The power of traditions: Turkish coffee vs. Nespresso

I love coffee…

With World Barista Champion, Raul Rodas in Guatemala

Now when I say I love coffee, I don’t mean I have an average addiction to a shot of caffeine in the morning- I mean I love everything about coffee. For example, I own five different coffee-making devices, I wrote a blog about coffee, I worked in cafes just to get access to top quality espresso machines, and I traveled to Central America to visit coffee farms and learn from the World Barista Champion. That’s what I mean by ‘love’. I mean study with passion.

I guess that’s why I can’t stand Nespresso machines. Okay, I get it, for just $100 you can have your own little countertop lamborghini, with capsules of all colours of the metallic rainbow, and it’s so damn easy. But it tastes like shit.
What really gets to me is that it’s all superficial image and no quality. Just think about it for a minute- Nescafe has never been known for quality beans, they are definitely not freshly ground, and the cheap machine doesn’t get anywhere near the 9 bar of pressure that top quality expresso machines must to extract the best flavours. How good could it be?
So if you like Nespresso- are you tasting the coffee or just savouring the latest fad?

Turkish coffee vendor in Istanbul

On the other side of the spectrum, the Turkish have this long tradition of coffee making. It’s not a fad. And it’s not quick. In fact, making a small cup of Turkish coffee takes a good five minutes of simmering over hot coals. It’s neither fast, nor super-sized. It’s just quality.

First coffee shop in Istanbul: 1554 (it’s a long tradition)

This exemplifies the difference between traditions and fads- quality, refinement, pride- coffee is just one example which happens to be meaningful to me. The same applies to food and drink in general: are you drinking to get wasted, or do you appreciate a fine wine?; is your preferred meal heavy in carbohydrates, sugar and salt to fill you up and inundate the tastebuds, or is the meal crafted to be balanced yet surprising?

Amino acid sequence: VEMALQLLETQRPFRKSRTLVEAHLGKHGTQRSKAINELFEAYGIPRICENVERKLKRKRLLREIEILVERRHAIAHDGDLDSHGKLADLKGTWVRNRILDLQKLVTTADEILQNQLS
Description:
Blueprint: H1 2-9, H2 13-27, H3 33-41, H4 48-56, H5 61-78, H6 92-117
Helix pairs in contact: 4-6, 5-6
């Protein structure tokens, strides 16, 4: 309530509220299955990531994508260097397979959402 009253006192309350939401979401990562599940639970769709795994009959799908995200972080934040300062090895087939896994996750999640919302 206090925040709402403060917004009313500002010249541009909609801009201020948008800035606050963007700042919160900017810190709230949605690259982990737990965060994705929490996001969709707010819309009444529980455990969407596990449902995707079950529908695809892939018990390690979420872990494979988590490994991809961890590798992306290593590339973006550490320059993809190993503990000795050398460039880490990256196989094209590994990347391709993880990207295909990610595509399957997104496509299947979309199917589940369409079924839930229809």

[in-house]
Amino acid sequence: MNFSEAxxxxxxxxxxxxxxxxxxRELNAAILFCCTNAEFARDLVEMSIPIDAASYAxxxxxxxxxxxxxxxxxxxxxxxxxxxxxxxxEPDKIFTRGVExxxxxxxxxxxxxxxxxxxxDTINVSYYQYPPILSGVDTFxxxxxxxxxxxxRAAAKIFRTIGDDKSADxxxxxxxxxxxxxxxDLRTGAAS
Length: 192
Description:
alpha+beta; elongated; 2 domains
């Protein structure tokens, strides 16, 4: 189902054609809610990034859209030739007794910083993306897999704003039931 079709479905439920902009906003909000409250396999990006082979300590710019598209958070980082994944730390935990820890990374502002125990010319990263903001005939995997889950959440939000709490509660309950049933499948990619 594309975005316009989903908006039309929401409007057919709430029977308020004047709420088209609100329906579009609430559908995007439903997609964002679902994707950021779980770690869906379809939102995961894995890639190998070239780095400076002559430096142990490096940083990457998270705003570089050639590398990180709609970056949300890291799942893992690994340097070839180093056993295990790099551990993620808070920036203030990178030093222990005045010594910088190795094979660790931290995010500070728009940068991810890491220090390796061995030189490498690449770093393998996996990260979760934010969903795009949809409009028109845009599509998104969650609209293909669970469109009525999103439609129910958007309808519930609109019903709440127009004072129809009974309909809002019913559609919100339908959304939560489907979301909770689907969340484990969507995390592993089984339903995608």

This is not actually personal. Most of our food preferences come from our upbringing- we like what we know– so it makes a tremendous difference whether you come from a traditional culture such as Mediterranean Europe compared with the New World of the USA, Canada or Australia. I have witnessed debates between Spanish about exactly how tomatoes should be spread across fresh baguette to make pan con tomate, and actually had an Italian pizzeria owner refuse to mix olives and anchovies on the same pizza because “it would not be traditional”. Meanwhile, American burger joints are mixing everything they can to make the most innovative, fusion food imaginable. Somehow the original hamburger warped into a sushi-fondue-burgerette.

So it the traditional always better? No, of course not. Personally, I would choose Italian over American food six days of the week, but there’s always room for a good burger on Sundays. And there’s also a reason why America is the capital of innovation- it not only embraces, it celebrates the new, without loyalty to what has gone before. It’s definitely a two-sided coin. Ideally, as geo-arbitreurs we will pick and choose the best of the Old and New World. As the late great Leonard Cohen said,

“It’s coming to America first,
The cradle of the best and of the worst”